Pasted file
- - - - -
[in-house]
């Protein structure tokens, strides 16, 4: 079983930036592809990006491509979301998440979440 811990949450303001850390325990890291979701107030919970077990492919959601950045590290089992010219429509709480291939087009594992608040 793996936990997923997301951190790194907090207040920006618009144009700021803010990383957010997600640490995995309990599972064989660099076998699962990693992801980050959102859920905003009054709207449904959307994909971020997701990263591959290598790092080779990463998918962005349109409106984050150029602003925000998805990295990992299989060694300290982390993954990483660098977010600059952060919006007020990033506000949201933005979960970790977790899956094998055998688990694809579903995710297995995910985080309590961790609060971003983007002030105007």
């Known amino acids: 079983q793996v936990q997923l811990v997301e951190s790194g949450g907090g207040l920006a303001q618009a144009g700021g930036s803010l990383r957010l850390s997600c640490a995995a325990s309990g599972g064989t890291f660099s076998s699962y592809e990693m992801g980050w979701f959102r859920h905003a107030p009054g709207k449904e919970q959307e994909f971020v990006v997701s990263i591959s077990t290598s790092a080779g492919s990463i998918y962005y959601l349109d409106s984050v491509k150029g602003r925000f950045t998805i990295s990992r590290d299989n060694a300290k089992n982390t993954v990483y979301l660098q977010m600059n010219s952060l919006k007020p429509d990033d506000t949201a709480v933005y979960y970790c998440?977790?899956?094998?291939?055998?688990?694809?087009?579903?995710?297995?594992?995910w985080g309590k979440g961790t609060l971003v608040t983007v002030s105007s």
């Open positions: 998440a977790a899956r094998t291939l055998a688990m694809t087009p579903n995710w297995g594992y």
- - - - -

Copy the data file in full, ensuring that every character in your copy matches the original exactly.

[in-house]
């Protein structure tokens, strides 16, 4: 079983930036592809990006491509979301998440979440 811990949450303001850390325990890291979701107030919970077990492919959601950045590290089992010219429509709480291939087009594992608040 793996936990997923997301951190790194907090207040920006618009144009700021803010990383957010997600640490995995309990599972064989660099076998699962990693992801980050959102859920905003009054709207449904959307994909971020997701990263591959290598790092080779990463998918962005349109409106984050150029602003925000998805990295990992299989060694300290982390993954990483660098977010600059952060919006007020990033506000949201933005979960970790977790899956094998055998688990694809579903995710297995995910985080309590961790609060971003983007002030105007």
């Known amino acids: 079983q793996v936990q997923l811990v997301e951190s790194g949450g907090g207040l920006a303001q618009a144009g700021g930036s803010l990383r957010l850390s997600c640490a995995a325990s309990g599972g064989t890291f660099s076998s699962y592809e990693m992801g980050w979701f959102r859920h905003a107030p009054g709207k449904e919970q959307e994909f971020v990006v997701s990263i591959s077990t290598s790092a080779g492919s990463i998918y962005y959601l349109d409106s984050v491509k150029g602003r925000f950045t998805i990295s990992r590290d299989n060694a300290k089992n982390t993954v990483y979301l660098q977010m600059n010219s952060l919006k007020p429509d990033d506000t949201a709480v933005y979960y970790c998440?977790?899956?094998?291939?055998?688990?694809?087009?579903?995710?297995?594992?995910w985080g309590k979440g961790t609060l971003v608040t983007v002030s105007s």
């Open positions: 998440a977790a899956r094998t291939l055998a688990m694809t087009p579903n995710w297995g594992y």